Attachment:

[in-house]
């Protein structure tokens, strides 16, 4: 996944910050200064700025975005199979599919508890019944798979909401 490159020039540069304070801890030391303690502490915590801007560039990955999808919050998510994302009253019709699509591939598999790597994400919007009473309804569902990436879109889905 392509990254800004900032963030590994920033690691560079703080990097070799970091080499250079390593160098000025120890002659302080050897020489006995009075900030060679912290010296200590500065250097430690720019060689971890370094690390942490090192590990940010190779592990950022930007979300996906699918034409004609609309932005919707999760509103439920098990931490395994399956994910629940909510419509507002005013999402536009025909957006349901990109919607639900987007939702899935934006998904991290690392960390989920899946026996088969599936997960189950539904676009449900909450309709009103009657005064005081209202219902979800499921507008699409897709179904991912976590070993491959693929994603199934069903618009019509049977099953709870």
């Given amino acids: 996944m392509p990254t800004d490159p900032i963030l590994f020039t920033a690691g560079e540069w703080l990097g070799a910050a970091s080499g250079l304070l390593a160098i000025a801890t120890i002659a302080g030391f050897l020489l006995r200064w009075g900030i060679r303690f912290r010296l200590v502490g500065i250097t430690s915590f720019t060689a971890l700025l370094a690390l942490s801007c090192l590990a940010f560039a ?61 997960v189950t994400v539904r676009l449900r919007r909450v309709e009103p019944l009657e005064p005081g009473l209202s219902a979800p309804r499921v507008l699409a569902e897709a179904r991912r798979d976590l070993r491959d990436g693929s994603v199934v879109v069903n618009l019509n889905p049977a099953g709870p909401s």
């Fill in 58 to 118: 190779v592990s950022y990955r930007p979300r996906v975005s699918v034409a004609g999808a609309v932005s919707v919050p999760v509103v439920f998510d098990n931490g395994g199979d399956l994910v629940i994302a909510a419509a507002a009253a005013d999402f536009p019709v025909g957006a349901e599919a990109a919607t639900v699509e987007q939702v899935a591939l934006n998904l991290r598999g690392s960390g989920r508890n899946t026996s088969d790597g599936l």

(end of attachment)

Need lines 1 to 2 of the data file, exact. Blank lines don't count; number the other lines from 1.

[in-house]
């Protein structure tokens, strides 16, 4: 996944910050200064700025975005199979599919508890019944798979909401 490159020039540069304070801890030391303690502490915590801007560039990955999808919050998510994302009253019709699509591939598999790597994400919007009473309804569902990436879109889905 392509990254800004900032963030590994920033690691560079703080990097070799970091080499250079390593160098000025120890002659302080050897020489006995009075900030060679912290010296200590500065250097430690720019060689971890370094690390942490090192590990940010190779592990950022930007979300996906699918034409004609609309932005919707999760509103439920098990931490395994399956994910629940909510419509507002005013999402536009025909957006349901990109919607639900987007939702899935934006998904991290690392960390989920899946026996088969599936997960189950539904676009449900909450309709009103009657005064005081209202219902979800499921507008699409897709179904991912976590070993491959693929994603199934069903618009019509049977099953709870």